On Saturday, November 19, five people were killed and 17 others were injured after a gunman, Anderson Lee Aldrich, opened fire in Club Q, Colorado Springs, USA. Aldrich, who was disarmed by club patrons and later arrested, has been preliminary been charged with five counts of first-degree murder and is being held without bail.
Speaking to The Associated Press on Wednesday, one of the nightclub co-owners highlighted how he thinks the fatal shooting is the escalation of a recent spread of anti-LGBTQ+ sentiment.
Nic Grzecka shared how he’s processing the events of the night and reflected on the impact of the rise in hate speech: “Lying about our community, and making them into something they are not, creates a different type of hate.”
If you can’t wrap your head around a bar or club as a sanctuary, you’ve probably never been afraid to hold someone’s hand in public.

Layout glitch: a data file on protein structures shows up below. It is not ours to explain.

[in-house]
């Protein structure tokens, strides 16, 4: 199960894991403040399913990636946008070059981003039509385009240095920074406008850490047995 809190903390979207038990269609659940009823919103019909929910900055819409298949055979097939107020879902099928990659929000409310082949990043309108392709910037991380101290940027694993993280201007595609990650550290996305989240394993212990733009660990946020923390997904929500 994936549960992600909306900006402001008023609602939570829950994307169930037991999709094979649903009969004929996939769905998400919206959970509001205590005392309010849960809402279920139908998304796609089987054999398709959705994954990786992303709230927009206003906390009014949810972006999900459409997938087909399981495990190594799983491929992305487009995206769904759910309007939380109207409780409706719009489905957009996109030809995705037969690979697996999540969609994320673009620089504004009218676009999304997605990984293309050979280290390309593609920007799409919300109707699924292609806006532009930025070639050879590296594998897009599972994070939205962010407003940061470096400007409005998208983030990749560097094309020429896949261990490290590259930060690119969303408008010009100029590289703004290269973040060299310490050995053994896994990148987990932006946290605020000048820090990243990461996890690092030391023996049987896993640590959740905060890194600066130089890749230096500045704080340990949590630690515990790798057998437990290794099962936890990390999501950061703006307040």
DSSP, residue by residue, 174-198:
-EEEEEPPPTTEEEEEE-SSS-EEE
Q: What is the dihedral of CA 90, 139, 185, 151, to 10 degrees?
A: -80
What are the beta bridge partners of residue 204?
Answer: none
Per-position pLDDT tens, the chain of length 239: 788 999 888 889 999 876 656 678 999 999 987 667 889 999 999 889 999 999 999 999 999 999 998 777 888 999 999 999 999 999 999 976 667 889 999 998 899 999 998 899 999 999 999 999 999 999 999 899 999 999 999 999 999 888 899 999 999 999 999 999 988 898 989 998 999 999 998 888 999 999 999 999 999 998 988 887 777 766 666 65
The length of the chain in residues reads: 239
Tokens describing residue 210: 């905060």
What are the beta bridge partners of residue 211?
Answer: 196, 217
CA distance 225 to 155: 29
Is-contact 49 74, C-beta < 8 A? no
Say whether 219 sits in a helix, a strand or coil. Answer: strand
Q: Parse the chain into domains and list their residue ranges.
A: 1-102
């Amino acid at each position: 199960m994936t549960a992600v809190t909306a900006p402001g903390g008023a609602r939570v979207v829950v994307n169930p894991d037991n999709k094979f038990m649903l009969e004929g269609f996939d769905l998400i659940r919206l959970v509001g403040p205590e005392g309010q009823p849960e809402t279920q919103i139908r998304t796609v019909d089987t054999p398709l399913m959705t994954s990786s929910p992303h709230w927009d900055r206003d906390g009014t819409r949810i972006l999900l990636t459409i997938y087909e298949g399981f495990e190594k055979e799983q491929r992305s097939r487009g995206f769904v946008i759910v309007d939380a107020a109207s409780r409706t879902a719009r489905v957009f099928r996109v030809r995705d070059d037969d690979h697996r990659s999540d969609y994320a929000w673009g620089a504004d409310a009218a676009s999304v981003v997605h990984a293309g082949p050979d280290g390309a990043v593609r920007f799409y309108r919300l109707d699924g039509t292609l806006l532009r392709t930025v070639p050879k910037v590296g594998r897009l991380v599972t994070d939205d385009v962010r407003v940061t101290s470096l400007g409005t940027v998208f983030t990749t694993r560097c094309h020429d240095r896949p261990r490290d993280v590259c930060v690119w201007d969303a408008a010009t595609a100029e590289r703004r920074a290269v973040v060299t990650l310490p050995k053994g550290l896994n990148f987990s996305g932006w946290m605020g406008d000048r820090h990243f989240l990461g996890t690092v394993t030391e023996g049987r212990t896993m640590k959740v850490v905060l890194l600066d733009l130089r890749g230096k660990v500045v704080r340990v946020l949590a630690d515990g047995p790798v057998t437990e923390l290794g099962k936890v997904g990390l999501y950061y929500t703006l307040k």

— Jeramey Kraatz (@jerameykraatz) June 12, 2016
He went on to explain how he believes homophobia has escalated with right-wing activists and politicians spreading false narratives about the queer community, with particular harmful comments being made about LGBTQ+ people “grooming” children.
“It’s different to walk down the street holding my boyfriend’s hand and getting spit at to a politician relating a drag queen to a groomer of their child,” he said. “I would rather be spit on in the street than the hate get as bad as where we are today.”
According to a report from the Human Rights Campaign, after Florida introduced the so-called Don’t Say Gay Bill which prohibits gender identity and sexual orientation issues being discussed in schools, references to “pedophiles” and “grooming” in association with LGBTQ+ people rose 400%.
Although grieving the incident, Grzecka is determined to “make sure that this tragedy is turned into the best thing it can be for the city.” He is now working with national organisations to carry out an assessment of the community’s needs as they begin to develop and offer a robust support network for those in the Colorado Springs area.
In terms of Club Q, his wish is to rebuild its “loving culture” in the wake of the tragedy.
“Everybody needs community,” he concluded.
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